Lavender as Therapy for Depression
The combination of lavender (Lavendula angustifolia) and imipramine is more effective in the treatment of depression than either treatment alone, according to a new study in Progress in Neuro-Psychopharmacology and Biological Psychiatry (2003;27:123–7). The findings of this study suggest that taking a moderate amount of lavender may help reduce the amount of tricyclic antidepressants needed to treat depression, leading to fewer side effects that are common with these types of medications.
Depression currently affects about 5% of all adults in the United States. Causes of depression include life circumstances, stressful events, biochemical changes in the brain, poor nutrition, and hormonal imbalances. While some people with depression respond well to counseling and psychotherapy, others need more aggressive treatment with prescription medications. Several categories of medications have been used to successfully treat depression, including tricyclic antidepressants (such as amitriptyline [Elavil®] and imipramine), monoamine oxidase inhibitors (Marplan®, Nardil®), heterocyclic antidepressants (Desyrel®, Wellbutrin®), and the more popular selective serotonin-reuptake inhibitors (Prozac®, Zoloft®, Paxil®). However, most of these drugs can produce adverse side effects, including dry mouth, weight loss or weight gain, low blood pressure, arrhythmias, and decreased sexual function.
In the new study, 45 adults between the ages of 18 and 54 who were diagnosed with depression were assigned to one of three groups. The groups received either (1) 60 drops per day of lavender tincture (1:5 extract in 50% alcohol) plus a placebo tablet, (2) 60 drops per day of a placebo tincture plus 100 mg per day of imipramine, or (3) 60 drops per day of the lavender tincture and 100 mg per day of imipramine for four weeks. Scores from the Hamilton Rating Scale for Depression (HAM-D), a questionnaire used to evaluate the severity of depression (higher scores suggest more severe depression), were evaluated initially and then weekly after the start of treatment.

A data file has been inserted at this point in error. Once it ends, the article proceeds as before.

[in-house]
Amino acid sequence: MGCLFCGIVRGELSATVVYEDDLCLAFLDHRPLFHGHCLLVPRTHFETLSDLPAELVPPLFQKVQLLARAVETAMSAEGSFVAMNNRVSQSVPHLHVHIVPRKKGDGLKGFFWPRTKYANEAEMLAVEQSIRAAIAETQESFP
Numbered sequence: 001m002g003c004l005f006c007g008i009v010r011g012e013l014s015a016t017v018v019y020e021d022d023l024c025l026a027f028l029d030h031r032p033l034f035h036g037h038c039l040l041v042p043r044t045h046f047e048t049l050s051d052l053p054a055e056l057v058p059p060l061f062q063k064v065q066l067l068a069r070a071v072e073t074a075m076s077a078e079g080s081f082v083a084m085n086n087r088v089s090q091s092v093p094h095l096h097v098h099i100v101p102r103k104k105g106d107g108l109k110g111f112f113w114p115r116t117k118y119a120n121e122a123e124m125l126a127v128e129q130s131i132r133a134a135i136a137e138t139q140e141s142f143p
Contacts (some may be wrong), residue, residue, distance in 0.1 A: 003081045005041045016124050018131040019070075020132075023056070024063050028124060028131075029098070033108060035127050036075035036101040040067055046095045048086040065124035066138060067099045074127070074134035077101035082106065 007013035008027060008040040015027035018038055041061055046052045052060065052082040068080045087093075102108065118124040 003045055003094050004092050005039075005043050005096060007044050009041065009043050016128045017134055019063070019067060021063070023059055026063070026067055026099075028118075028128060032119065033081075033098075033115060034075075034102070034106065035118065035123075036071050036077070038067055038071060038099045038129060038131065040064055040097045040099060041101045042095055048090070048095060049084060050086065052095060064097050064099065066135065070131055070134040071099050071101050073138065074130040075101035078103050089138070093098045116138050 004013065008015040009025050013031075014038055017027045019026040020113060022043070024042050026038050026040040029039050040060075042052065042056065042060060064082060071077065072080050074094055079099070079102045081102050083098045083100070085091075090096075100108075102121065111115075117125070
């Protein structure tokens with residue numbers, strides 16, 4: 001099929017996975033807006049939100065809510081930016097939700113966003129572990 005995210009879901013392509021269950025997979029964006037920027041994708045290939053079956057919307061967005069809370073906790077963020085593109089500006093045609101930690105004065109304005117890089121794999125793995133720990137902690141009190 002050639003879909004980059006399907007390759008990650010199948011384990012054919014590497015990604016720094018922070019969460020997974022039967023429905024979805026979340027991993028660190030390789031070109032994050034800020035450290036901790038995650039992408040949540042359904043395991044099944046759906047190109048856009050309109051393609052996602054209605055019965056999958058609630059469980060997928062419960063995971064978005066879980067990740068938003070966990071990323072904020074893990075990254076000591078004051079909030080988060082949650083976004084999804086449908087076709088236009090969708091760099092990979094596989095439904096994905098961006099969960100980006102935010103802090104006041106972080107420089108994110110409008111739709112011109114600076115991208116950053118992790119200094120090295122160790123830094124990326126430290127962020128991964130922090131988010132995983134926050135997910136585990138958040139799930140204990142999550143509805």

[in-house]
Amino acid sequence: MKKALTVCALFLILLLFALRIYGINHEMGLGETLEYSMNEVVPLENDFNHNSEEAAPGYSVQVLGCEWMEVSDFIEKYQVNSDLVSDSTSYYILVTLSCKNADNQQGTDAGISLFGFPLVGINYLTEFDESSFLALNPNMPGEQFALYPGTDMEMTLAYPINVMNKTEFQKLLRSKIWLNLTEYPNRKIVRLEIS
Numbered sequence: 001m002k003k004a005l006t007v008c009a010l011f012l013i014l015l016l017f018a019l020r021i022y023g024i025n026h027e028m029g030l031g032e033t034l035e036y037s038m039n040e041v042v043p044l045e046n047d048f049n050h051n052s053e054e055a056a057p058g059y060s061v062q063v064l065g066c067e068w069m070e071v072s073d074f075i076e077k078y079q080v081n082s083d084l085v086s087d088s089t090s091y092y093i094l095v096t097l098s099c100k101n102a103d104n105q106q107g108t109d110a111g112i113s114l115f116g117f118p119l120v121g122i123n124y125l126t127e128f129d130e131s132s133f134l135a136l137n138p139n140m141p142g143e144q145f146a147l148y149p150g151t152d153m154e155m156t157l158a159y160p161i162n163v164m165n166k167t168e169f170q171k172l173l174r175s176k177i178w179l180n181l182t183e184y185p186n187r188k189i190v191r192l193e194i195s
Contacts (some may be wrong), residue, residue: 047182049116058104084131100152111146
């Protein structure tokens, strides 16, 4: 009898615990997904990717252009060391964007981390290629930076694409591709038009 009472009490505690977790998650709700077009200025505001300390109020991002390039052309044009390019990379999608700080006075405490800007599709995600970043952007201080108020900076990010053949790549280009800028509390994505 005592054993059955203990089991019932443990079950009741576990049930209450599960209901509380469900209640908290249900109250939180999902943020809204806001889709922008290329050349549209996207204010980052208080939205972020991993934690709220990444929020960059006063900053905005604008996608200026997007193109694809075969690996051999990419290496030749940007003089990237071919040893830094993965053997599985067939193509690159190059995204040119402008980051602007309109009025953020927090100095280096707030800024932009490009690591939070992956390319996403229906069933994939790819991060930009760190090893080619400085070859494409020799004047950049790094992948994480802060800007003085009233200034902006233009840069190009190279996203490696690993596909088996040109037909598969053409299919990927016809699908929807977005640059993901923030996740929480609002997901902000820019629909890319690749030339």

Each of the three treatment groups showed a significant decrease in HAM-D scores at the conclusion of the study, compared with initial measurements. However, the group taking the combination of imipramine and lavender had a significantly greater reduction in HAM-D scores and the antidepressant effect occurred more rapidly, compared with those taking imipramine or lavender alone. Side effects of imipramine included dry mouth and urinary retention, while some individuals taking lavender reported headaches. None of these side effects were considered to be severe.
Lavender has long been used by herbalists as a treatment for anxiety, nervous exhaustion, and depression. However, this is the first scientific study to document its effectiveness as an adjuvant to prescription medication for the treatment of depression.
Darin Ingels, ND, MT (ASCP), received his bachelor’s degree from Purdue University and his Doctorate of Naturopathic Medicine from Bastyr University in Kenmore, WA. Dr. Ingels is the author of The Natural Pharmacist: Lowering Cholesterol (Prima, 1999) and Natural Treatments for High Cholesterol (Prima, 2000). He currently is in private practice at New England Family Health Associates located in Southport, CT, where he specializes in environmental medicine and allergies. Dr. Ingels is a regular contributor to Healthnotes and Healthnotes Newswire.
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